The NDP has requested an official inquiry into what it calls “numerous and systemic failures of election officials” in last month’s federal election.
NDP national director Anne McGrath has written to Canada’s elections commissioner, Yves Cote, calling for an investigation into whether election officials in a number of ridings failed to follow correct procedures, denying citizens the right to cast their vote on Sept. 20.
The letter of complaint, seen by The Canadian Press, alleges that some polling stations opened late “or not at all,” disenfranchising voters, many of whom were in Indigenous communities.
It says that in Kenora, Ont., First Nations voters were “significantly disenfranchised” because places, where people expected to vote, did not open at all, or not until mid-afternoon.
An accompanying dossier of failures, compiled by the NDP’s lawyers, has also been sent to Cote, an independent officer who ensures that election law is properly implemented.
“In keeping with the confidentiality provisions of the Act, the CCE (Commissioner of Canada Elections) generally does not confirm whether it has received a complaint or has initiated an investigation into a particular issue,” said spokeswoman Veronique Aupry.
Elections Canada was not immediately available for comment.
Vancouver-based law firm Allevato, Quail and Roy, counsel to the NDP, alleges that there were “system-wide failures of election officials to follow election procedures.”
Election-day polls in communities including Cat Lake, Poplar Hill and Pikangikum First Nations “simply never materialized,” the NDP says.
In Grassy Narrows, the polling station opened “over four hours late.”
Some polling stations, the party alleges, did not have lists of voters ready when polls were due to open and sent voters away and told them to come back later.
In some districts, election officials refused to keep polls open for voters, even though they had opened late, denying Canadians the requisite 12 hours in which to cast their vote on election day, the NDP alleges.
Moreover, the party says some voters had to wait in line for up to two hours.
“Elections Canada failed their responsibility to ensure the enfranchisement of all voters, even and especially those in low-income communities, those living in Indigenous and rural/remote communities, and those living with disabilities,” McGrath said in a written statement to The Canadian Press.
“What we saw in Indigenous communities in Kenora or urban communities in Toronto where people weren’t able to vote or were not given the opportunity to vote is troubling and must be fixed before the next election.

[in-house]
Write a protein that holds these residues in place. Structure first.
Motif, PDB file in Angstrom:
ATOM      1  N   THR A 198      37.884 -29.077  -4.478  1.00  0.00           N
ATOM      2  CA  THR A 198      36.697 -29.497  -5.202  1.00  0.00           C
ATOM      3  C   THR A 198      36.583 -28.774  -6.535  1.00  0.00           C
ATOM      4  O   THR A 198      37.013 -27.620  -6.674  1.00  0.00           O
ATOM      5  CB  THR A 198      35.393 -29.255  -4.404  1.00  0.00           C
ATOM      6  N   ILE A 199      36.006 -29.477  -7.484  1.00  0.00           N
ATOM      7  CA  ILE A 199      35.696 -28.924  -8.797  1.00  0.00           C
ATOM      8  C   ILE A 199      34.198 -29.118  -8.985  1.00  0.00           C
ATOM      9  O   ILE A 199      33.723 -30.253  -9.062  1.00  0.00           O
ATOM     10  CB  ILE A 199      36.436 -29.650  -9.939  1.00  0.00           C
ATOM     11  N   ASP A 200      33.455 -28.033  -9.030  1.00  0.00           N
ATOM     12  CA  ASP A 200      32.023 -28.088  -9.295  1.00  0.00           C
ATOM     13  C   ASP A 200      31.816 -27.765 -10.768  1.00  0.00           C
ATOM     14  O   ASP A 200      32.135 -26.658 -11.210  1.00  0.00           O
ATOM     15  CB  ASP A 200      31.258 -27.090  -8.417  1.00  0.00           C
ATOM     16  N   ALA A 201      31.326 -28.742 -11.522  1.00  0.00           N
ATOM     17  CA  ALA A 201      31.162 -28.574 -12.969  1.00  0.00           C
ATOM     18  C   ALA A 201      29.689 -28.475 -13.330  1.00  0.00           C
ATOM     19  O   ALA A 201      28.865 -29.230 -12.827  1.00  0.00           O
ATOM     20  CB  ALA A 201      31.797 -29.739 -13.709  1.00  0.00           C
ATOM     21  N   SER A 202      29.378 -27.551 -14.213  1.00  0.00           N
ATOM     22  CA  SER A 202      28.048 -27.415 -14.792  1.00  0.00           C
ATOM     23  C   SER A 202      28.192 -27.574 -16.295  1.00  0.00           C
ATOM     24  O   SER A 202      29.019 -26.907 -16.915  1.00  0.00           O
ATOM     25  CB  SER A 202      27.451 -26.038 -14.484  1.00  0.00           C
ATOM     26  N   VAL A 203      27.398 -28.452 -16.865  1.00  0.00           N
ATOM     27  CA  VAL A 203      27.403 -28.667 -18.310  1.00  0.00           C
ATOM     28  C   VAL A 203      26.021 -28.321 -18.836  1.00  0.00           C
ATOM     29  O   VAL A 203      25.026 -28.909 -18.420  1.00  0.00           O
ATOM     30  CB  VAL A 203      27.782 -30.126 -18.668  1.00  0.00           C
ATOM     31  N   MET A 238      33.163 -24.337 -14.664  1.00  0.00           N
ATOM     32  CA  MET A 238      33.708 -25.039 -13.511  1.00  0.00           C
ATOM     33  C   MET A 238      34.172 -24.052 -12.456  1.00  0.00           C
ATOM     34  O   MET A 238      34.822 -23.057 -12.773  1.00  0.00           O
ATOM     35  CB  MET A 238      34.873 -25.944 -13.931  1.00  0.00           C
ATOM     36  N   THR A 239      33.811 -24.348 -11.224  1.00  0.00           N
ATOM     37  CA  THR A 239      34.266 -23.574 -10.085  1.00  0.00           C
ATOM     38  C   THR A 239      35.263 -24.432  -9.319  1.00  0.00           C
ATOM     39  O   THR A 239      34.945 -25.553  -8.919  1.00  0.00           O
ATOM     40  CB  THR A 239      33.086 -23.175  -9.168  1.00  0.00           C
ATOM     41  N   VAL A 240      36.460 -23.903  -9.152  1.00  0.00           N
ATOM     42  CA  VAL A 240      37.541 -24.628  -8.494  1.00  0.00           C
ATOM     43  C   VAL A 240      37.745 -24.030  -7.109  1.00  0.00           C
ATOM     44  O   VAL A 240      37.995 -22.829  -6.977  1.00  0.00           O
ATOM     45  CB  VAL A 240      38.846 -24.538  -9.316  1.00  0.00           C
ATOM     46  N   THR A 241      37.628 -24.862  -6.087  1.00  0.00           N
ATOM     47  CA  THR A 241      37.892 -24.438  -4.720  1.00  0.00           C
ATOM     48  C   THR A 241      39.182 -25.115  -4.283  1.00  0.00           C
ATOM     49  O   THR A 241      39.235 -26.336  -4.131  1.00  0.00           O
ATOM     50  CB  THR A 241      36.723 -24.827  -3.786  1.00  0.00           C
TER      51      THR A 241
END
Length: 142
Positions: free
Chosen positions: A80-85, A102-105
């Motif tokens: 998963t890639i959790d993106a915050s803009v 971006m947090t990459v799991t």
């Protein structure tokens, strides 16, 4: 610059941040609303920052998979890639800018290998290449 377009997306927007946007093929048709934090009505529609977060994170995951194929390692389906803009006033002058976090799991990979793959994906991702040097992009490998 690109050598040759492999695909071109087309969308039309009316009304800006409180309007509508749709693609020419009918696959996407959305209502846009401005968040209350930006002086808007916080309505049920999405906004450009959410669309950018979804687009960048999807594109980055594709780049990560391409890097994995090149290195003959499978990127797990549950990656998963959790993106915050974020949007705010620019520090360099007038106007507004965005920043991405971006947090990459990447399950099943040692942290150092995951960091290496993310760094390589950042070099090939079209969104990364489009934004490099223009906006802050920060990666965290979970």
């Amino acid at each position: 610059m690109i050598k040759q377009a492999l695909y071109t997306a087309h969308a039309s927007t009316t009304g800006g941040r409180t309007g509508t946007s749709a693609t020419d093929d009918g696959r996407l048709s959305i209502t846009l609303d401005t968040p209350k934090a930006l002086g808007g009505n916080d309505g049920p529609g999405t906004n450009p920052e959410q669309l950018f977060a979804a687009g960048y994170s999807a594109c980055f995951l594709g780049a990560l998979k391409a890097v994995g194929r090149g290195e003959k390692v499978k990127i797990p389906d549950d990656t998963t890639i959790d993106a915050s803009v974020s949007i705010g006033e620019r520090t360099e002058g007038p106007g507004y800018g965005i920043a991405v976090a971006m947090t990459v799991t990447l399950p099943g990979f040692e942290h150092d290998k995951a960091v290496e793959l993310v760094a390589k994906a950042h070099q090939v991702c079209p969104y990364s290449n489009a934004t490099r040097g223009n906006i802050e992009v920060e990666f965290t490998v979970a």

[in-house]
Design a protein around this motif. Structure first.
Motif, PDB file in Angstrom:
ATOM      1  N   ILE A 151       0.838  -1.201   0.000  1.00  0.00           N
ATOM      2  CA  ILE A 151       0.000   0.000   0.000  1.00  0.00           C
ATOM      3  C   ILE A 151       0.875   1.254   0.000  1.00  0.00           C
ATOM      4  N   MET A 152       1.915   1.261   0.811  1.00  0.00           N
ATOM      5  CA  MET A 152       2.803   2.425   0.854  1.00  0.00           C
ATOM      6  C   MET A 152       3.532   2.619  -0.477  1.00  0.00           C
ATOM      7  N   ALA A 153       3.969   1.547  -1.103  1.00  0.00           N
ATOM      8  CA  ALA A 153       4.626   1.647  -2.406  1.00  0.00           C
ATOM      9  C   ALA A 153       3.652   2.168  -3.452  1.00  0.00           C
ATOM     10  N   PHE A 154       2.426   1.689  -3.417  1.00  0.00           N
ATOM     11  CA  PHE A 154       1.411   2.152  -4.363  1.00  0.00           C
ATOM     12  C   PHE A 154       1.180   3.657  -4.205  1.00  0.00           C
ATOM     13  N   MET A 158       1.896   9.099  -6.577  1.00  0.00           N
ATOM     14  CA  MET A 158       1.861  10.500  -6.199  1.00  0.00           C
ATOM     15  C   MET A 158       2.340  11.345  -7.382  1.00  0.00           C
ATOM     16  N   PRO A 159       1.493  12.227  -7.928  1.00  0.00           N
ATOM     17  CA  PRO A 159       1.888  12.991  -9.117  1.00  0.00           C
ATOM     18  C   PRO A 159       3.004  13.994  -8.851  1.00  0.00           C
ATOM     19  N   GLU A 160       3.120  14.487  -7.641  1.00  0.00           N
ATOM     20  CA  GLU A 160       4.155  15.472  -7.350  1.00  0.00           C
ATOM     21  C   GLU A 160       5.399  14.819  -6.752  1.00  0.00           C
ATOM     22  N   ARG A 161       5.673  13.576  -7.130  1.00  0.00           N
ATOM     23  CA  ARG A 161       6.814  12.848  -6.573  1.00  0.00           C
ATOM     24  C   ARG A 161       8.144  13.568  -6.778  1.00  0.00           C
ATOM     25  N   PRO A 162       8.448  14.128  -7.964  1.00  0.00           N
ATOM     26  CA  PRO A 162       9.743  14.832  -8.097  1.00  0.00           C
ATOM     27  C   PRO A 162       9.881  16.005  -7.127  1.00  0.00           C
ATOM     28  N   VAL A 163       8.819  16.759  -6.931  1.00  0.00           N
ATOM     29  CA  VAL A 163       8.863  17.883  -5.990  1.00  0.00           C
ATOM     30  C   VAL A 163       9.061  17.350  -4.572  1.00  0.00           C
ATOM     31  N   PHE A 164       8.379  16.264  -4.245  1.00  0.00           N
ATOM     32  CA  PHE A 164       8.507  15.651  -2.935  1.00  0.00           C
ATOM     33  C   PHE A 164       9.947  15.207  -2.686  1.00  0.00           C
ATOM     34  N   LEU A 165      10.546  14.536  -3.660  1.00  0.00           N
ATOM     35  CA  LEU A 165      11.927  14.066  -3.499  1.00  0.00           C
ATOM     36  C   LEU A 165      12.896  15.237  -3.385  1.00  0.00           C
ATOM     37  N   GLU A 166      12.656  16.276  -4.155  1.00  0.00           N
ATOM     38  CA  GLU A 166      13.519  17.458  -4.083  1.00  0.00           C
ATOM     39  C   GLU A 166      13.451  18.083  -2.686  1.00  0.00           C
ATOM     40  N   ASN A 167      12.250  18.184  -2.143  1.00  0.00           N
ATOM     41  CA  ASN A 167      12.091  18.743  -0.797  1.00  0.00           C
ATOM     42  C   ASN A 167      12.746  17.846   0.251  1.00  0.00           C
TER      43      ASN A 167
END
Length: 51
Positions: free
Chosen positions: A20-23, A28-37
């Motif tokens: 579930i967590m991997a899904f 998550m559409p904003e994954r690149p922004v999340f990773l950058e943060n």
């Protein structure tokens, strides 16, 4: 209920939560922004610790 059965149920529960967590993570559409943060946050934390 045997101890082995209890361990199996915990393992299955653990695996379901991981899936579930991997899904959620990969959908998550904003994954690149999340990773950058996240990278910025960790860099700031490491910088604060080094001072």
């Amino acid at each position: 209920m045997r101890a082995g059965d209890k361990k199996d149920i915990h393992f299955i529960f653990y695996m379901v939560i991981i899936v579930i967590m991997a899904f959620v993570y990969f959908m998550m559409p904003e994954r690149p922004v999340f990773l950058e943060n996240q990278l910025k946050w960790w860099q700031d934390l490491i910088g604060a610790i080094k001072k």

“We respect the choice of electors and the results of the election, but these systemic failures by Elections Canada to make sure every person in Canada can participate in our process contravenes the Elections Act and must be addressed,” McGrath added.
In her letter to the commissioner, McGrath says the NDP “gave prior warning to Elections Canada” of potential failures, based on warning signals emanating from advance polls a week before election day.
“We were promised that action would be taken by Elections Canada to ensure such failures did not repeat themselves on Election Day. Nothing was done. Voters were turned away, were sent to the wrong polling locations, showed up at locations that opened late or never opened, or walked away from massive lineups,” her letter says.
The dossier also complains that the party’s elections observers were unable to scrutinize vote counts, and that, in one case, the police were allegedly called to escort an NDP lawyer from a polling station.
“All across the country, local Elections Canada officials refused to permit candidate representatives to observe the counting of the ballots, despite their legal right to do so,” the NDP says.
The NDP says it wants an inquiry and action taken to ensure such failures do not happen again. It says the mistakes have “done serious damage to the confidence of Canadians in our electoral system.”
The party says it “understood the pressure Elections Canada” was under to run an election “during a public health crisis.” But McGrath says the agency’s job was to “make it easier for people to vote, not harder.”